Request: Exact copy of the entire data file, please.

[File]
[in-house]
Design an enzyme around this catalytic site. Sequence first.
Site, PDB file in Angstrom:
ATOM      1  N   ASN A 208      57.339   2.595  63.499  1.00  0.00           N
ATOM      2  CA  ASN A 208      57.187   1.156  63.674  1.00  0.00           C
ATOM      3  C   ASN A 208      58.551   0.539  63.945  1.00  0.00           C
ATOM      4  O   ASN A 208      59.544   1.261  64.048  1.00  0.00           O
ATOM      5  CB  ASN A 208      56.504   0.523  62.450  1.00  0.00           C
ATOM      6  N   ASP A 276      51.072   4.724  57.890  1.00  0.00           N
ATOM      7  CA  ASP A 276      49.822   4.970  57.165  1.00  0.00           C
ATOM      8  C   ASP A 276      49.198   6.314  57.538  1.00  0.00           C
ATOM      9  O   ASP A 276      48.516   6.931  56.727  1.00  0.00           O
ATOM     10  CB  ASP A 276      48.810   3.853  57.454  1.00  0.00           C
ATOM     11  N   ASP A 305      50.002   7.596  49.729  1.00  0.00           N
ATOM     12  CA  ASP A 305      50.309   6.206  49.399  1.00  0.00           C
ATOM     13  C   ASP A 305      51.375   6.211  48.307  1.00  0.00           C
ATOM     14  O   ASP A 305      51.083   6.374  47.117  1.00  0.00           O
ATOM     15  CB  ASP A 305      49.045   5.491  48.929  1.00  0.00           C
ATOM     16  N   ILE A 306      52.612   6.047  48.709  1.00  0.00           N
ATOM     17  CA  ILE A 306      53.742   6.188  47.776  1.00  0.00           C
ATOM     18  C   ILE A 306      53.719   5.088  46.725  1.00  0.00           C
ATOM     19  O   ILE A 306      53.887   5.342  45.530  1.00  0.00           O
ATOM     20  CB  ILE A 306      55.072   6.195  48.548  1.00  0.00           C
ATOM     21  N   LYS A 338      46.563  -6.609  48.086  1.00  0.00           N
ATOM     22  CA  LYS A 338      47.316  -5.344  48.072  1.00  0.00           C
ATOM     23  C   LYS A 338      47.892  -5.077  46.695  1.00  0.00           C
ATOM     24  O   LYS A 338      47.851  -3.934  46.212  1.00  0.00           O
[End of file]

[in-house]
Design an enzyme around this catalytic site. Sequence first.
Site, PDB file in Angstrom:
ATOM      1  N   ASN A 208      57.339   2.595  63.499  1.00  0.00           N
ATOM      2  CA  ASN A 208      57.187   1.156  63.674  1.00  0.00           C
ATOM      3  C   ASN A 208      58.551   0.539  63.945  1.00  0.00           C
ATOM      4  O   ASN A 208      59.544   1.261  64.048  1.00  0.00           O
ATOM      5  CB  ASN A 208      56.504   0.523  62.450  1.00  0.00           C
ATOM      6  N   ASP A 276      51.072   4.724  57.890  1.00  0.00           N
ATOM      7  CA  ASP A 276      49.822   4.970  57.165  1.00  0.00           C
ATOM      8  C   ASP A 276      49.198   6.314  57.538  1.00  0.00           C
ATOM      9  O   ASP A 276      48.516   6.931  56.727  1.00  0.00           O
ATOM     10  CB  ASP A 276      48.810   3.853  57.454  1.00  0.00           C
ATOM     11  N   ASP A 305      50.002   7.596  49.729  1.00  0.00           N
ATOM     12  CA  ASP A 305      50.309   6.206  49.399  1.00  0.00           C
ATOM     13  C   ASP A 305      51.375   6.211  48.307  1.00  0.00           C
ATOM     14  O   ASP A 305      51.083   6.374  47.117  1.00  0.00           O
ATOM     15  CB  ASP A 305      49.045   5.491  48.929  1.00  0.00           C
ATOM     16  N   ILE A 306      52.612   6.047  48.709  1.00  0.00           N
ATOM     17  CA  ILE A 306      53.742   6.188  47.776  1.00  0.00           C
ATOM     18  C   ILE A 306      53.719   5.088  46.725  1.00  0.00           C
ATOM     19  O   ILE A 306      53.887   5.342  45.530  1.00  0.00           O
ATOM     20  CB  ILE A 306      55.072   6.195  48.548  1.00  0.00           C
ATOM     21  N   LYS A 338      46.563  -6.609  48.086  1.00  0.00           N
ATOM     22  CA  LYS A 338      47.316  -5.344  48.072  1.00  0.00           C
ATOM     23  C   LYS A 338      47.892  -5.077  46.695  1.00  0.00           C
ATOM     24  O   LYS A 338      47.851  -3.934  46.212  1.00  0.00           O